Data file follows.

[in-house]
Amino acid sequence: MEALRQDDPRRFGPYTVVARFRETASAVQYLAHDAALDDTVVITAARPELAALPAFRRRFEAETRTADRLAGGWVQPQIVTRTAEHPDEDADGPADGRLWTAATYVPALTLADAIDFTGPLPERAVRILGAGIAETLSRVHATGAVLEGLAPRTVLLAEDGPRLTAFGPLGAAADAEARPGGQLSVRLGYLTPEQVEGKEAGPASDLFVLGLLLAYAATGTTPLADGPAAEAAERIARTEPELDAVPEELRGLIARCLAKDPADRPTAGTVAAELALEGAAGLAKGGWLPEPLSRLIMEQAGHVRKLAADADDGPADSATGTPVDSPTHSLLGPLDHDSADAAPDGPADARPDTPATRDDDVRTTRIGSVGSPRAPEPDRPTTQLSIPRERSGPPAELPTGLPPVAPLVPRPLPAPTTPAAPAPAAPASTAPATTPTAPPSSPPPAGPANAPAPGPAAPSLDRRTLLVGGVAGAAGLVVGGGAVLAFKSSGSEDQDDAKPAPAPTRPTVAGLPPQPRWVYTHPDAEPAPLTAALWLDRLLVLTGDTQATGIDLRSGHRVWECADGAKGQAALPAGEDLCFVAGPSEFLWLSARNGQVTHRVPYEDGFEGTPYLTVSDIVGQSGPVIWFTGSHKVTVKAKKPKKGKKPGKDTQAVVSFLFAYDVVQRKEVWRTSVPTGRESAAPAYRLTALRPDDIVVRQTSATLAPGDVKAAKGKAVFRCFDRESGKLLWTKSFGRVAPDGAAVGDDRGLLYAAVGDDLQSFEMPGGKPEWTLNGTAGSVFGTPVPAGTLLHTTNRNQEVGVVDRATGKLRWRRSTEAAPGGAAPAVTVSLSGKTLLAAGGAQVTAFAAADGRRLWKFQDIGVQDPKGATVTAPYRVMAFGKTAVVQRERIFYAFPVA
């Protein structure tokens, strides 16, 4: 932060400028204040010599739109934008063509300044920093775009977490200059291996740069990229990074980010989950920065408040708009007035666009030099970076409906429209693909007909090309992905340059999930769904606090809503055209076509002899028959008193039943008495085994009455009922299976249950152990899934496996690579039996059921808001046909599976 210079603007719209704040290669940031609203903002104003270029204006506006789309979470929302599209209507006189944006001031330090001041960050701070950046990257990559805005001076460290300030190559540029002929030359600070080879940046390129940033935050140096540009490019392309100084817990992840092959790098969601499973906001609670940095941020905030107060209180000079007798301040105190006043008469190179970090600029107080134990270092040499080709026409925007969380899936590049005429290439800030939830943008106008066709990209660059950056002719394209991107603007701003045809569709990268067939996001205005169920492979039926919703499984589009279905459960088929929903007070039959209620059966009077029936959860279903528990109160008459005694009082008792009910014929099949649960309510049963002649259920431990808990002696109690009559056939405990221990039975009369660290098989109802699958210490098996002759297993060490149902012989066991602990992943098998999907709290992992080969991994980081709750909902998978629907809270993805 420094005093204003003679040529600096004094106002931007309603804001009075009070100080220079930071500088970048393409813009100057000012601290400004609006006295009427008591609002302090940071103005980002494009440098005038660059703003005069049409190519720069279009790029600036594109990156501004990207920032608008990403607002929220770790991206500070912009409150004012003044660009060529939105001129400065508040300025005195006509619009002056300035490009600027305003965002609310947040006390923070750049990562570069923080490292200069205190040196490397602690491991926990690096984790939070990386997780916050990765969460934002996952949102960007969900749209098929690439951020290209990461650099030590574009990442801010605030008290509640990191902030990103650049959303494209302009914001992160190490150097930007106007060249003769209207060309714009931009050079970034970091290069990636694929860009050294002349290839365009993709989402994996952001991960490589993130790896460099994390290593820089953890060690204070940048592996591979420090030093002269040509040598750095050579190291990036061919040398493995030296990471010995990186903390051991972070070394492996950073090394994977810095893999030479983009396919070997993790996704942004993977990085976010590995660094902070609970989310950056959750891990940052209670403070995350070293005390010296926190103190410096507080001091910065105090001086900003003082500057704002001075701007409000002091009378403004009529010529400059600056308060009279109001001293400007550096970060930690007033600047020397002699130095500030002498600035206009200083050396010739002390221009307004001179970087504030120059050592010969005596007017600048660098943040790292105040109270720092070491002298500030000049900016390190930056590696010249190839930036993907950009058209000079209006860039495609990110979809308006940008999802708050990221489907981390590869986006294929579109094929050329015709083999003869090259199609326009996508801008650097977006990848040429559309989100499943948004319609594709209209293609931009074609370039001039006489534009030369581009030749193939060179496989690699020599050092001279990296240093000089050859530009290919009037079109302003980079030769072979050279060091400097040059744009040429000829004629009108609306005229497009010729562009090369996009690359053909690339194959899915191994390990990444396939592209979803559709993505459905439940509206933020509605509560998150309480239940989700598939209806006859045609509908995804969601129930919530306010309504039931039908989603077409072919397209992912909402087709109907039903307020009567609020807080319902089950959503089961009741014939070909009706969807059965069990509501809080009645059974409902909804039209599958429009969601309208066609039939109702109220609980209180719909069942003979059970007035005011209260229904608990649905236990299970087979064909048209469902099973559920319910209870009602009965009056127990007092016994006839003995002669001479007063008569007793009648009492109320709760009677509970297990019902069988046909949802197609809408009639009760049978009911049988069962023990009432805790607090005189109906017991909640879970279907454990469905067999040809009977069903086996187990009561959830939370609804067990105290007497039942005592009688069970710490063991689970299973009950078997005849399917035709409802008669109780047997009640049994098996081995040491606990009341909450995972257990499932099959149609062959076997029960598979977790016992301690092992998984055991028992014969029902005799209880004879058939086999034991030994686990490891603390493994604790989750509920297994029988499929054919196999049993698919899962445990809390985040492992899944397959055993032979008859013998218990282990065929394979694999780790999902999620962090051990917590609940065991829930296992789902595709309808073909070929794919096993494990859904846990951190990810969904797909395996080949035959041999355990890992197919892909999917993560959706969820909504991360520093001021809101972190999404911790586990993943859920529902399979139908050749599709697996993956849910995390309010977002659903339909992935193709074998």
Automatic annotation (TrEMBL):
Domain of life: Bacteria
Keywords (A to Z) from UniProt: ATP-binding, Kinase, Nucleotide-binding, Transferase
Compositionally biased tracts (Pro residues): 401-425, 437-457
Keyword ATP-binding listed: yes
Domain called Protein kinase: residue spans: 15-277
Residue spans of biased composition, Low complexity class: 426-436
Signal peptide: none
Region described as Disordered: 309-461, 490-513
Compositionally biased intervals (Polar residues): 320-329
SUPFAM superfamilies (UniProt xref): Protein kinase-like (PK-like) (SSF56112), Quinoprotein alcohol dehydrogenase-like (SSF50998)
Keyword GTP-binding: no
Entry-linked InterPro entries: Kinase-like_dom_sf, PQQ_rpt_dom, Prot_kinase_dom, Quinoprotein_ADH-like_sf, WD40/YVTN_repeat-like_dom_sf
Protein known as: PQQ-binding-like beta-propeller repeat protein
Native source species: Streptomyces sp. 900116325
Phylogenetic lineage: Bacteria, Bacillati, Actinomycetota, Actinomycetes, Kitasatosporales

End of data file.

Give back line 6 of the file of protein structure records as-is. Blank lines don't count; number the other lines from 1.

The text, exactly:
Keywords (A to Z) from UniProt: ATP-binding, Kinase, Nucleotide-binding, Transferase